As part of an ongoing “Cleantech Startups 101” blog series, this week we interviewed Soroush Karimzadeh, co-founder of North Vancouver-based Novarc Technologies. Novarc develops custom robots for niche applications, including the world’s first collaborative welding robot.
For starters, what is a collaborative welding robot?
Novarc’s collaborative robot combines the skill of human welders with welding automation technology, allowing welders to do more, with better performance. Welding is required in any industry that uses a lot of pipes. Water and wastewater, oil and gas, and ship building are the big industries, but pipes are also used in nuclear and chemical plants, and in the food and beverage industry. Our robot enhances welders’ capabilities across all these sectors. Compared to manual welding, Novarc’s collaborative robot can help welders do three times more and lower costs by up to 75 per cent (depending on the pipe shop’s existing processes), while also improving welding consistency and quality.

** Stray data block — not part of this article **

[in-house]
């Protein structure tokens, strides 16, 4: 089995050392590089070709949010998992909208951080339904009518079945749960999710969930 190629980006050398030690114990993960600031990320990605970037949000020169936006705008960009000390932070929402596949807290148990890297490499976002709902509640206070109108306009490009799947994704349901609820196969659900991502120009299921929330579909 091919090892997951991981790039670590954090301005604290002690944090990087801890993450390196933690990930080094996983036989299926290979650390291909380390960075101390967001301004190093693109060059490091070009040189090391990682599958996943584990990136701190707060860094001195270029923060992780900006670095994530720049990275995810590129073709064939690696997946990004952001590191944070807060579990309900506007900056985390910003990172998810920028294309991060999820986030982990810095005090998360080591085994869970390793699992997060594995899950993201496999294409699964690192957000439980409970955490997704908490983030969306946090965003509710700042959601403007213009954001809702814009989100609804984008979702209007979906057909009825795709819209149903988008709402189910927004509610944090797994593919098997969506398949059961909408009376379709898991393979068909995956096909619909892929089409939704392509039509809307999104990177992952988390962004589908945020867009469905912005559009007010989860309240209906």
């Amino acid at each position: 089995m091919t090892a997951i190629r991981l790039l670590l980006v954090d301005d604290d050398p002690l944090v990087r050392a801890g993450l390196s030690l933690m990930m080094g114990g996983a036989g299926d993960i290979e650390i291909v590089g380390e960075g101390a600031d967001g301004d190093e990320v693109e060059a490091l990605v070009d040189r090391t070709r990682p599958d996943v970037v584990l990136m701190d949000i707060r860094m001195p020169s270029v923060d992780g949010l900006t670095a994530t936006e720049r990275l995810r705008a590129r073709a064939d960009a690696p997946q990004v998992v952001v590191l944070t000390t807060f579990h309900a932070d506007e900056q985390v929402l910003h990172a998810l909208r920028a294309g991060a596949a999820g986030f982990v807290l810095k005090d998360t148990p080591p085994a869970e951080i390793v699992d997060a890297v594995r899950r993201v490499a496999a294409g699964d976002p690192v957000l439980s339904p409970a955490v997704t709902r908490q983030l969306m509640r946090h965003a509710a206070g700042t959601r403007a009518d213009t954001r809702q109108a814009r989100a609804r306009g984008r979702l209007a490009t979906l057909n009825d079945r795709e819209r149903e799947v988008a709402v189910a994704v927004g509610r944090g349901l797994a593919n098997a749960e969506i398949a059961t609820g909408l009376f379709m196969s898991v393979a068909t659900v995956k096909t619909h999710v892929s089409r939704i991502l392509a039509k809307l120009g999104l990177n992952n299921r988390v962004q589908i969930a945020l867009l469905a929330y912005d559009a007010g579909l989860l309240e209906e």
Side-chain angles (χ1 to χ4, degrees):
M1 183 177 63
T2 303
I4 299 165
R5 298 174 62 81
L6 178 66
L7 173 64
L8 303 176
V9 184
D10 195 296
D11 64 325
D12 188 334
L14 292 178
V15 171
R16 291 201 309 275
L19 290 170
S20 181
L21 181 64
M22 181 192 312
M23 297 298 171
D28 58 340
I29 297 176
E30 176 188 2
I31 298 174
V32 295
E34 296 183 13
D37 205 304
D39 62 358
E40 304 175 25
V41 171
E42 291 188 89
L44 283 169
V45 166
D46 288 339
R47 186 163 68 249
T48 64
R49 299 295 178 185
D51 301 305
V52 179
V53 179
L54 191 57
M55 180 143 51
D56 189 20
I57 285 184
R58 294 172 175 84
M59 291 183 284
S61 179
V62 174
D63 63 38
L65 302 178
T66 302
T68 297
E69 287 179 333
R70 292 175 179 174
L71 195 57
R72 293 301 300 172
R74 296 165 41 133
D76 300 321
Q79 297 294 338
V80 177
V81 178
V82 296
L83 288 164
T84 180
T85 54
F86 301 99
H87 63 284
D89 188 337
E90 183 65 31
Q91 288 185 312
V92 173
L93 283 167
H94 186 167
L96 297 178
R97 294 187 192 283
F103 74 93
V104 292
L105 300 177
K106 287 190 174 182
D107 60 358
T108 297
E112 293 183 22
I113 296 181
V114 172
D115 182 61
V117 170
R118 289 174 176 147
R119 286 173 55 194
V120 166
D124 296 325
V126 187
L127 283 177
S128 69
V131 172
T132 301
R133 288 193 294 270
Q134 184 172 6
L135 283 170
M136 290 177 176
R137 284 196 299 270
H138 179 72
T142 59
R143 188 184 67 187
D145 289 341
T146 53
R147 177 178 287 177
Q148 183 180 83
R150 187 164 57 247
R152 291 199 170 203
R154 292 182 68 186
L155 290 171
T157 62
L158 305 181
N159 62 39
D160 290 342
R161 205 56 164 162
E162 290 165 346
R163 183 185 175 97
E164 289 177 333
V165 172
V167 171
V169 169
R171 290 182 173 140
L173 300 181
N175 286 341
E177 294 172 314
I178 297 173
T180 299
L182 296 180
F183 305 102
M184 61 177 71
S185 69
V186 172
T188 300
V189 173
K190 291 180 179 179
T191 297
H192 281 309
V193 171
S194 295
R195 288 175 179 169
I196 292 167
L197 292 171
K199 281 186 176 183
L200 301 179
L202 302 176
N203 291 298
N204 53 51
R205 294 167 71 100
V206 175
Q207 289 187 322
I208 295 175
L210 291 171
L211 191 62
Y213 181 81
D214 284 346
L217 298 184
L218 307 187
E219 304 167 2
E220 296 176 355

How long have you been operating and how much have you grown?
We’ve been operating for four years and, in that time, we’ve grown from two people to 13.
What led you to found Novarc?
I’ve always had a passion for using machines to enhance human abilities, which is why the work we are doing at Novarc is so important to me. My background is in industrial automation and I started my career as an electrical engineer and worked in the pulp and paper, mining and oil and gas industries as a consultant. I then did my MBA, specializing in finance and strategy. My co-founder had been working in robotics and building machinery for 30 years, and he had a customer who needed to automate a pipe welding project. We came together to find a solution, which turned out to be the collaborative welding robot – Novarc evolved out of that challenge.
How did you go about building a market?